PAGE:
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10 tips for preparing your business to sell
Home Business Sales / Service
By: Don Milne Email Article
Word Count: 776 Digg it | it | Google it | StumbleUpon it


If selling your business is your intention Ė whether immediately or in the next 2 or even 5 years Ė there are several things you can start putting into place to ensure itís ready. Then once the business (and you) are ready and prepped to sell, youíll stand a better chance of securing a good deal. Hereís a quick guide on how to prepare your business for sale.

Shift your focus from the top line

Yes, the top line or gross revenue can offer the biggest wow factor, but thatís not what will impress potential buyers. Buyers are more interested in the net revenue and profit because that will tell them if the business is worth their investment. Do everything in your power to grow you net income and profit as this is what the business will be valued on.

Get your books in order

Itís likely that once an individual or company starts looking into buying your business, theyíll want to perform an audit. So, as soon as you start preparing to sell, start to consider engaging a reputable auditing firm. Not only will it tighten up your finances, it will show the buyer that youíre an honest and well-run business; giving them confidence in your numbers.

Separate business from personal Ė and start paying yourself

When you run your own business, itís easy (and common) to not pay yourself as an employee and just combine personal and business assets. This is fine all the while youíre intending to stay at the helm, but as soon as you start to prepare for selling you should try and separate your personal assets from your business and make sure youíre earning a comfortable salary. This will benefit both you and the buyer as, not only will you enjoy a sense of security, the buyer will see how lucrative buying the business will be for them.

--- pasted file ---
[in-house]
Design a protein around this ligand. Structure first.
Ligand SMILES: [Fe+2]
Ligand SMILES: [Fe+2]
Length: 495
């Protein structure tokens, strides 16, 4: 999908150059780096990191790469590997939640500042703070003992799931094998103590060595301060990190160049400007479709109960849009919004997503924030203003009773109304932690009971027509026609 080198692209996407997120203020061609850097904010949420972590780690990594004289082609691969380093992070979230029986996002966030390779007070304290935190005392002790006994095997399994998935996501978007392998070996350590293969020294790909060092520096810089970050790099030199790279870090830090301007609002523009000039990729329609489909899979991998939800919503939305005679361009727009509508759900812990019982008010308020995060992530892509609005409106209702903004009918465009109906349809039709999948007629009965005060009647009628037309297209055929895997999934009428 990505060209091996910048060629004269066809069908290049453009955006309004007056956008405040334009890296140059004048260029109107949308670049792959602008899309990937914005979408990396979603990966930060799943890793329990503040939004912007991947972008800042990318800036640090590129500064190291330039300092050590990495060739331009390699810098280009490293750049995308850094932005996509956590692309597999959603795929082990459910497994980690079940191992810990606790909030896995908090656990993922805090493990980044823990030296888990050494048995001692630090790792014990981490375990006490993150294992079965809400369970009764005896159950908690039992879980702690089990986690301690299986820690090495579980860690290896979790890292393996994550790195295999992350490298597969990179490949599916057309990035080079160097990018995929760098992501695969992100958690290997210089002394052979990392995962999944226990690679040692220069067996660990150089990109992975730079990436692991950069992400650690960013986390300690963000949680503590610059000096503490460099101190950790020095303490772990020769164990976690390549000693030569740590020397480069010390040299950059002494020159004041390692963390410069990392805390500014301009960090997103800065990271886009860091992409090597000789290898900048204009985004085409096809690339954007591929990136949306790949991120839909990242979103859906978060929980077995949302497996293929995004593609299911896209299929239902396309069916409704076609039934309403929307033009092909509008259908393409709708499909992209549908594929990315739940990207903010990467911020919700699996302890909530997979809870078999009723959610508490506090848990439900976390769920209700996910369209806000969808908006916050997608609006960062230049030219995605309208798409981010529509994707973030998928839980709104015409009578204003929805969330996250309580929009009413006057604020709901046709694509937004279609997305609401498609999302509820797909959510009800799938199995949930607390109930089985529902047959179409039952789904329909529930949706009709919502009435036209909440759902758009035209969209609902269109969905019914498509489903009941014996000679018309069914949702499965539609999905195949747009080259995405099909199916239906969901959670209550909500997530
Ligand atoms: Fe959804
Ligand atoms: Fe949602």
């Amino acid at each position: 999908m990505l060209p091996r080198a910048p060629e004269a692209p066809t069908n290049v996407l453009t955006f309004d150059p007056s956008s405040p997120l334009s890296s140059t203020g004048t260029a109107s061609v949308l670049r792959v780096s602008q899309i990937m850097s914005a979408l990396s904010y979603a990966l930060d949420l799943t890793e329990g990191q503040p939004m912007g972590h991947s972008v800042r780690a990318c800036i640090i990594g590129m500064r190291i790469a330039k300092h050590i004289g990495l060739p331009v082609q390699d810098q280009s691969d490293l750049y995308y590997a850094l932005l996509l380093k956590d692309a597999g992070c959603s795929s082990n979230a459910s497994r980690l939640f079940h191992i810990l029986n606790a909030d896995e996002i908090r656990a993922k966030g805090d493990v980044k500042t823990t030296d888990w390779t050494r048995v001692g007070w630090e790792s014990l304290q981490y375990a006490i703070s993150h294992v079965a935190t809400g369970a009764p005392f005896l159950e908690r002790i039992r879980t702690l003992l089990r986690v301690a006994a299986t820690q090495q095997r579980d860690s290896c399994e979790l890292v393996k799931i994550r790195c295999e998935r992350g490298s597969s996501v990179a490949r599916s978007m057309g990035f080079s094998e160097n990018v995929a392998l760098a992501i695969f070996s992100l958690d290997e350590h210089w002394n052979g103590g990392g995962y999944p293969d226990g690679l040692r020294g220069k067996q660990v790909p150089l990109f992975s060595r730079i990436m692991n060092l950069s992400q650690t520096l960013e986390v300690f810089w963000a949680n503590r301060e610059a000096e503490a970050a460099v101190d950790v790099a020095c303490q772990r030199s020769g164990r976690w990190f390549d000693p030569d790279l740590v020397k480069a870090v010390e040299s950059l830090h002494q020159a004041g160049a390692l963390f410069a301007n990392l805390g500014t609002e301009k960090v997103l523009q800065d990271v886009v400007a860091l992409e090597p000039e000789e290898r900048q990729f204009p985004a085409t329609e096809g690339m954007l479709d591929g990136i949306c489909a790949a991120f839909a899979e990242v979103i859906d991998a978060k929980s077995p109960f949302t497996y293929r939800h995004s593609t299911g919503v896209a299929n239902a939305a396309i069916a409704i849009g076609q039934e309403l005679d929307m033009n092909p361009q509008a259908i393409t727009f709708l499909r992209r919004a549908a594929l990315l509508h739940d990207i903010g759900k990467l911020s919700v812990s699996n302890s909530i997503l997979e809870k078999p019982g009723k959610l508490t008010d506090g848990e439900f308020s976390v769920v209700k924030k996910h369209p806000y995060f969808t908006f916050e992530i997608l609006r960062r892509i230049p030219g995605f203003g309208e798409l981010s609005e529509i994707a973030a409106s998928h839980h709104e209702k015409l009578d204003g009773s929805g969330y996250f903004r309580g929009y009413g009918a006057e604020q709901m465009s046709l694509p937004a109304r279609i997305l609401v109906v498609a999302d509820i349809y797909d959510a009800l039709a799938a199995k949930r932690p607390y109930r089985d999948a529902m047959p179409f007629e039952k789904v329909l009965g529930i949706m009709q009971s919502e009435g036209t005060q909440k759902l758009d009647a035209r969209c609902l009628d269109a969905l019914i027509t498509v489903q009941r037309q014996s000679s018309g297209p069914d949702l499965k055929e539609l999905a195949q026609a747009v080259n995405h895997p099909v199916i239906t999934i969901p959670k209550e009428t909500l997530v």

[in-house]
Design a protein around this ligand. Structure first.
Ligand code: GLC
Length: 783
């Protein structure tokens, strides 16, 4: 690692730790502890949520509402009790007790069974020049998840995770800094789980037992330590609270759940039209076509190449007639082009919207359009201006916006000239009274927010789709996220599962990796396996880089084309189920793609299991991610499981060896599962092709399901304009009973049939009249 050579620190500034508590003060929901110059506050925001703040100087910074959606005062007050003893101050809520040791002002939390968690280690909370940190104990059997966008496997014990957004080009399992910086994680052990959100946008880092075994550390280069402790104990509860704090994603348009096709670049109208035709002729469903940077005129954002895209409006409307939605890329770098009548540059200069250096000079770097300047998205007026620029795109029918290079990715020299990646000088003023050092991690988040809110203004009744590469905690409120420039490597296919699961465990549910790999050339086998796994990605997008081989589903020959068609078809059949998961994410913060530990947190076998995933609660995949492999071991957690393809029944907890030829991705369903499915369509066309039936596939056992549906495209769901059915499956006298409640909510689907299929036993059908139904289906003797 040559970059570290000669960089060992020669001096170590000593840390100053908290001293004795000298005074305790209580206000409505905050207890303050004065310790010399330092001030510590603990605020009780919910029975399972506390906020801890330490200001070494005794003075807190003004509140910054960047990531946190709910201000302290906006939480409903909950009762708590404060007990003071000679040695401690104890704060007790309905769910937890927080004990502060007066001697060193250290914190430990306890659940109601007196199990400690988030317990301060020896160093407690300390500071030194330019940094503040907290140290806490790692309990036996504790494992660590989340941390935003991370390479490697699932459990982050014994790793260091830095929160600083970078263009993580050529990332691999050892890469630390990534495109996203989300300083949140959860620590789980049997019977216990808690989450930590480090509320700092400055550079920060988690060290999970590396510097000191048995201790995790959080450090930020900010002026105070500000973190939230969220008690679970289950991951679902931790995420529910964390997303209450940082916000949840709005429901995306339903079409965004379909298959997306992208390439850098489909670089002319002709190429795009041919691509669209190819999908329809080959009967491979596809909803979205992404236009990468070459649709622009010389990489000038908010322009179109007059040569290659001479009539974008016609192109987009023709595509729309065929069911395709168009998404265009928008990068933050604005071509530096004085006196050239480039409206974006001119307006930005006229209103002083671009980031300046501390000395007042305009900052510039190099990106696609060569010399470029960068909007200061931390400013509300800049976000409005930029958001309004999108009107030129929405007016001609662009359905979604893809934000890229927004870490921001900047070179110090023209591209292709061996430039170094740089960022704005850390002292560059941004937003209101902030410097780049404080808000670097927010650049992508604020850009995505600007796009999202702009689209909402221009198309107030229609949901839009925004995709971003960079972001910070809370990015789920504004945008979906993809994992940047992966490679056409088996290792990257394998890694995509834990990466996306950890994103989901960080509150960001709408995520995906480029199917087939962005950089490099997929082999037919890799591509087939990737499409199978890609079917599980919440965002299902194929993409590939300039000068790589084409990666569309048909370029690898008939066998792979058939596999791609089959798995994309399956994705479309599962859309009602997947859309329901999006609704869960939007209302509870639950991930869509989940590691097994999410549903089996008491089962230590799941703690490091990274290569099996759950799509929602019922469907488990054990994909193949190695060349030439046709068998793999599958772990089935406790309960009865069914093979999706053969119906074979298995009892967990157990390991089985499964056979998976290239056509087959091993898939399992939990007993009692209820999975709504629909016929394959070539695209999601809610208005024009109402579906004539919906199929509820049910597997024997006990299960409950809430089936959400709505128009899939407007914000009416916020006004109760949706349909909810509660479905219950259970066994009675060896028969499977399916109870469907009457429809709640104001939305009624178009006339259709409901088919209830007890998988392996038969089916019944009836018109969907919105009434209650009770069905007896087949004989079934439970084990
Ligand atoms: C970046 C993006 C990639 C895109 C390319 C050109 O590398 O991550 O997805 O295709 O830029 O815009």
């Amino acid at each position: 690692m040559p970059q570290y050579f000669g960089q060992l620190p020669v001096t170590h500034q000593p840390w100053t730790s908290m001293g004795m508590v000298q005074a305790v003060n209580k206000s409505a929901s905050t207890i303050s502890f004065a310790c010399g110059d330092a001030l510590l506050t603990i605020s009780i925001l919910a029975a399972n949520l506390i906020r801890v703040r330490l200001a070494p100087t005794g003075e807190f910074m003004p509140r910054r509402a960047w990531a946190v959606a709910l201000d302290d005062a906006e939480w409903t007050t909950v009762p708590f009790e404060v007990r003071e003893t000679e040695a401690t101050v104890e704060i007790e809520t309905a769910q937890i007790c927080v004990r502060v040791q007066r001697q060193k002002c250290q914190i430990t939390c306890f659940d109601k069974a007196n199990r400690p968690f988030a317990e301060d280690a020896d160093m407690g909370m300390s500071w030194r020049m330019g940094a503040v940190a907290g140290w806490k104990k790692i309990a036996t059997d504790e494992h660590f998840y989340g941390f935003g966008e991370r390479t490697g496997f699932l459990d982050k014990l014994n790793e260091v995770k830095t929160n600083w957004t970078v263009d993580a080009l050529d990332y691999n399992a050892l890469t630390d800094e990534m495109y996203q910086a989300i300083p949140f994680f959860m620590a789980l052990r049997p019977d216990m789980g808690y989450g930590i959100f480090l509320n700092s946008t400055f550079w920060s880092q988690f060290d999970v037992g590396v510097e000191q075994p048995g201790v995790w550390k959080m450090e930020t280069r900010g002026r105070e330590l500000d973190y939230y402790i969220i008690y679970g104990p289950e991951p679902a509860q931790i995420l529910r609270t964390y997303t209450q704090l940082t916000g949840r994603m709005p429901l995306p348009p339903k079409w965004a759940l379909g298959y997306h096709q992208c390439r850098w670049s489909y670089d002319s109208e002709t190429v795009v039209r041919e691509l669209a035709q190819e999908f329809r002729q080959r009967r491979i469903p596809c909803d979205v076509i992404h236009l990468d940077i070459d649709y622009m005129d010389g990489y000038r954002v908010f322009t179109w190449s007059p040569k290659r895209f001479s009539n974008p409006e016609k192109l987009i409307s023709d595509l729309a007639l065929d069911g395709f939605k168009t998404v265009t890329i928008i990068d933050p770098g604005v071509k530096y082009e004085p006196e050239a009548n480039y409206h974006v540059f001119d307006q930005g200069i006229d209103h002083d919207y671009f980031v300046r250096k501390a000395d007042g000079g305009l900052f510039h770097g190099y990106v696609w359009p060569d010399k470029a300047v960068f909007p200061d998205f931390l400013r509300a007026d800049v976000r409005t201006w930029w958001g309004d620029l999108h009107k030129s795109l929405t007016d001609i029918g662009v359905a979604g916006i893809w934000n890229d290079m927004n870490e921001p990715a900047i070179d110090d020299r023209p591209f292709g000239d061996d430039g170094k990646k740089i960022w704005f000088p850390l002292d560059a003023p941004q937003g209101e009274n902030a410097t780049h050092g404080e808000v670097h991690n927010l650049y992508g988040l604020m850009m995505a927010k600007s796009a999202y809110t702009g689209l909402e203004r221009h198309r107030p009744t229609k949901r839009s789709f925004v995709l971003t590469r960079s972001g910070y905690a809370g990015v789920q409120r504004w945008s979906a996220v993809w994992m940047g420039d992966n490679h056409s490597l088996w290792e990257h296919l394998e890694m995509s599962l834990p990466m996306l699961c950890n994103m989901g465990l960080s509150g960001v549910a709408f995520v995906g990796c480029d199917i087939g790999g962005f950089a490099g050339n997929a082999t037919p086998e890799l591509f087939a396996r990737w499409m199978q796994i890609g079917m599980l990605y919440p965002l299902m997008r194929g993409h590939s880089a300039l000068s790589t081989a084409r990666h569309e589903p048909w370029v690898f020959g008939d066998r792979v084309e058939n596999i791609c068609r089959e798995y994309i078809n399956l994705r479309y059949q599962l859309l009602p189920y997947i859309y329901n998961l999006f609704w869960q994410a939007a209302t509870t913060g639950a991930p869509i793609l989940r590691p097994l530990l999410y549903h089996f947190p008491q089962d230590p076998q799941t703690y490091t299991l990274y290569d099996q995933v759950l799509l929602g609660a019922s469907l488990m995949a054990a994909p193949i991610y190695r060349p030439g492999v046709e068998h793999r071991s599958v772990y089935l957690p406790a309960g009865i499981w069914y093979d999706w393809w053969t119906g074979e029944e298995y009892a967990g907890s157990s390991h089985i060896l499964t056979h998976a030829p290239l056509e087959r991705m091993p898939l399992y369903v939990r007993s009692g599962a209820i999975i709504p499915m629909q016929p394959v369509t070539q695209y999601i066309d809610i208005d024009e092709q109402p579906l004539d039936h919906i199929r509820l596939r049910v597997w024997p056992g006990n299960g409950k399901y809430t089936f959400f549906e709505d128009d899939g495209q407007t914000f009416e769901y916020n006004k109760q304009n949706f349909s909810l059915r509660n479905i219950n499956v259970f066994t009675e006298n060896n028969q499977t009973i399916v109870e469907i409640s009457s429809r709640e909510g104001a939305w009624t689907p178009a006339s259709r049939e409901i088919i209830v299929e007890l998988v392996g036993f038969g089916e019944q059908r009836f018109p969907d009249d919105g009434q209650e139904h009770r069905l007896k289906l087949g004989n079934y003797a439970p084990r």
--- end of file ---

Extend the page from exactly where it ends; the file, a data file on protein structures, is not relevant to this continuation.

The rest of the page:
Focus on sales and growth

When running your business with the intention to keep it, depending on the nature of that business, it can benefit to focus more on retention. However, when planning and preparing to sell it makes more strategic sense to focus on growth because any buyer will look at the growth potential of your business when making their decision.

Seek professional help and guidance

Preparing and managing the sale of a business is a complex state of affairs. Thatís why it can help to consultant independent expert for support and guidance in preparing your business for sale. They can also help you to reach out when youíre ready to put your business on the market, finding potential buyers, setting up meetings, and assisting with negotiations.

Be completely honest with yourself

Look at your business and the way itís run, look at your expenses and resource allocation. Is everything working to the best of the business potential? Are there any expenses that can be cut to improve your profit margins? Do you need to hire more staff or can you use your current staff to meet growing client needs? Is your resource allocated correctly or could your move it around to get better results? When preparing to sell, you need to take a long, hard look and you may have to make some tough decisions for the good of the business.

Address any potential concerns

You donít want any surprises to arise in the middle of the buying process, so itís best to identify any potential fires now. And then, once youíve put them out, own them and be open and honest when a potential buyer comes knocking. Everyone makes mistakes, itís normal for conflicts to happen, and as long as youíre upfront about it all nothing should affect the buying process.

Make sure youíre creating a good first impression

So, youíve got your books in order, your management team is strong, and your staff are happy, but what does your appearance say? Appearances are everything and a business is nothing different. Is your location clean and tidy? Is your equipment all in running order? What do your outdoor areas look like?

Secret squirrel mode

If customers, clients, or staff get wind of your intention to sell, you could create a sense of panic and start losing good people. Thatís why itís best to keep any notion of an impending sale very, very quiet.

Article provided by Nash Advisory

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